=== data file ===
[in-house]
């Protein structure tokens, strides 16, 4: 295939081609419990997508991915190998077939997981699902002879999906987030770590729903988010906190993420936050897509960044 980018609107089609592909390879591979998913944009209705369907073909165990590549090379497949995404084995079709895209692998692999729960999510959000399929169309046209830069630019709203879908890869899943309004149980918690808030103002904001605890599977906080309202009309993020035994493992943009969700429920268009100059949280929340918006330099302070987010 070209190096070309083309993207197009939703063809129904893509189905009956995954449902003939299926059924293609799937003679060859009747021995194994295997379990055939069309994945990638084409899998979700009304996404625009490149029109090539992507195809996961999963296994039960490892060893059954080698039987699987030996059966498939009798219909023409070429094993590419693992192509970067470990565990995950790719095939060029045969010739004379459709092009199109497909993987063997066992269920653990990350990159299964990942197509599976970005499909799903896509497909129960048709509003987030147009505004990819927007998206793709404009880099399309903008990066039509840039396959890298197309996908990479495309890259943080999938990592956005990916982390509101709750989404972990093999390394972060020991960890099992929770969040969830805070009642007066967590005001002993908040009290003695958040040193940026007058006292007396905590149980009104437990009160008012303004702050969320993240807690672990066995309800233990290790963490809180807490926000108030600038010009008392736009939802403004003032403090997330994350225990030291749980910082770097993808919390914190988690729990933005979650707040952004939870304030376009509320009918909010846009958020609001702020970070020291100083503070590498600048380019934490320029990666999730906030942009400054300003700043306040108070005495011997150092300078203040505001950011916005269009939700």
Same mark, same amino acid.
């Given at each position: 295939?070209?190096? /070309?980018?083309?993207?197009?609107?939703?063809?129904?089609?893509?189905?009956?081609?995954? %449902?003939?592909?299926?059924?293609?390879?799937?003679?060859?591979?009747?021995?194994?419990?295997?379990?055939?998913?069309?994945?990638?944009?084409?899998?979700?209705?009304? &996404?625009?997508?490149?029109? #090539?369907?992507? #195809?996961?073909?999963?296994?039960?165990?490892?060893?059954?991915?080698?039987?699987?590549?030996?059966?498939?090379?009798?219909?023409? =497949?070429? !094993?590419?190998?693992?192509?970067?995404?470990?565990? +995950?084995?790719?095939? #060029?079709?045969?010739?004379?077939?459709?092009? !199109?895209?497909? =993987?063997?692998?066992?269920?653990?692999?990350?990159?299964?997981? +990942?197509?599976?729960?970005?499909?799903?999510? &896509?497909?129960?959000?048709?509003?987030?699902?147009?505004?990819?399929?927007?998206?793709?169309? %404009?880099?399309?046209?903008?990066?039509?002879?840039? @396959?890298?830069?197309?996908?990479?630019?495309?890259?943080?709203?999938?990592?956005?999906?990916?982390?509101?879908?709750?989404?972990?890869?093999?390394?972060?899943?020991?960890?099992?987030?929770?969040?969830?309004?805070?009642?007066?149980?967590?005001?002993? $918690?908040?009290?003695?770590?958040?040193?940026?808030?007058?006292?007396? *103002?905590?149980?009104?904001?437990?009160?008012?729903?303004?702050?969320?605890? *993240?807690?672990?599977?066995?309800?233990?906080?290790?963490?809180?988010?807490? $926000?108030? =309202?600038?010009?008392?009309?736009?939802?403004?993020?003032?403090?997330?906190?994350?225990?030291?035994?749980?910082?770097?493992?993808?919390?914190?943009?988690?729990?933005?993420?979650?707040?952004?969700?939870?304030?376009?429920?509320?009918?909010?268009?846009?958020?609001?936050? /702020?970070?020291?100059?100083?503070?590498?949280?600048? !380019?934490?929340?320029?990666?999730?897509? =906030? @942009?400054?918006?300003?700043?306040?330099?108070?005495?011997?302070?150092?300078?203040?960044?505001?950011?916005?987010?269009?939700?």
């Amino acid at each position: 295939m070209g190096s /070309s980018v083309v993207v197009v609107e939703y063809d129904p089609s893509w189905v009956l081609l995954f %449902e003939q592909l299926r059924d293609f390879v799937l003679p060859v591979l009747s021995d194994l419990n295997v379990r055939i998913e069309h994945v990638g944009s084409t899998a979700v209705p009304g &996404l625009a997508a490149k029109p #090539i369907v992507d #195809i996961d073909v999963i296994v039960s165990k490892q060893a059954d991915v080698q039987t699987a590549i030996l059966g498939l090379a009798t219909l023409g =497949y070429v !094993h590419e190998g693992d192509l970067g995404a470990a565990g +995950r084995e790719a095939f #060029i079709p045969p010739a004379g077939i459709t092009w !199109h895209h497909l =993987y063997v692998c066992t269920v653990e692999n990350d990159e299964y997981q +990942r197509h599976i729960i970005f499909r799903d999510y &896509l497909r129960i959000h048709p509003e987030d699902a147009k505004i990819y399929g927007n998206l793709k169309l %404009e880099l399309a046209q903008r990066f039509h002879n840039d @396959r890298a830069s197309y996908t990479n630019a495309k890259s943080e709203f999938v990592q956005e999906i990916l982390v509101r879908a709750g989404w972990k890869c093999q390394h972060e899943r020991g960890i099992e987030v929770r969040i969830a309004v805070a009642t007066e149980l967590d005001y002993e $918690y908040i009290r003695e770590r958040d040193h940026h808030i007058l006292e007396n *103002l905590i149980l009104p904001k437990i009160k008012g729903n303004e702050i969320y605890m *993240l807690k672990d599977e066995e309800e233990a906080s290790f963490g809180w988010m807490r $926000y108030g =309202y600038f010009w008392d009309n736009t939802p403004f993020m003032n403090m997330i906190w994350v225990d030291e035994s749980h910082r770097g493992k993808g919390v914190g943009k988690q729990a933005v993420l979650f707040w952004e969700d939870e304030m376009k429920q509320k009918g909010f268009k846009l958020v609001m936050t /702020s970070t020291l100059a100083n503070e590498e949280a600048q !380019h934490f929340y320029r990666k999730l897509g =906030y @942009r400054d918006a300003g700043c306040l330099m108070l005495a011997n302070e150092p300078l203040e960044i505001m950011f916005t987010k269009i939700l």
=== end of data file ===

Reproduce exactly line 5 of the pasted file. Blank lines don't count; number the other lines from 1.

């Amino acid at each position: 295939m070209g190096s /070309s980018v083309v993207v197009v609107e939703y063809d129904p089609s893509w189905v009956l081609l995954f %449902e003939q592909l299926r059924d293609f390879v799937l003679p060859v591979l009747s021995d194994l419990n295997v379990r055939i998913e069309h994945v990638g944009s084409t899998a979700v209705p009304g &996404l625009a997508a490149k029109p #090539i369907v992507d #195809i996961d073909v999963i296994v039960s165990k490892q060893a059954d991915v080698q039987t699987a590549i030996l059966g498939l090379a009798t219909l023409g =497949y070429v !094993h590419e190998g693992d192509l970067g995404a470990a565990g +995950r084995e790719a095939f #060029i079709p045969p010739a004379g077939i459709t092009w !199109h895209h497909l =993987y063997v692998c066992t269920v653990e692999n990350d990159e299964y997981q +990942r197509h599976i729960i970005f499909r799903d999510y &896509l497909r129960i959000h048709p509003e987030d699902a147009k505004i990819y399929g927007n998206l793709k169309l %404009e880099l399309a046209q903008r990066f039509h002879n840039d @396959r890298a830069s197309y996908t990479n630019a495309k890259s943080e709203f999938v990592q956005e999906i990916l982390v509101r879908a709750g989404w972990k890869c093999q390394h972060e899943r020991g960890i099992e987030v929770r969040i969830a309004v805070a009642t007066e149980l967590d005001y002993e $918690y908040i009290r003695e770590r958040d040193h940026h808030i007058l006292e007396n *103002l905590i149980l009104p904001k437990i009160k008012g729903n303004e702050i969320y605890m *993240l807690k672990d599977e066995e309800e233990a906080s290790f963490g809180w988010m807490r $926000y108030g =309202y600038f010009w008392d009309n736009t939802p403004f993020m003032n403090m997330i906190w994350v225990d030291e035994s749980h910082r770097g493992k993808g919390v914190g943009k988690q729990a933005v993420l979650f707040w952004e969700d939870e304030m376009k429920q509320k009918g909010f268009k846009l958020v609001m936050t /702020s970070t020291l100059a100083n503070e590498e949280a600048q !380019h934490f929340y320029r990666k999730l897509g =906030y @942009r400054d918006a300003g700043c306040l330099m108070l005495a011997n302070e150092p300078l203040e960044i505001m950011f916005t987010k269009i939700l």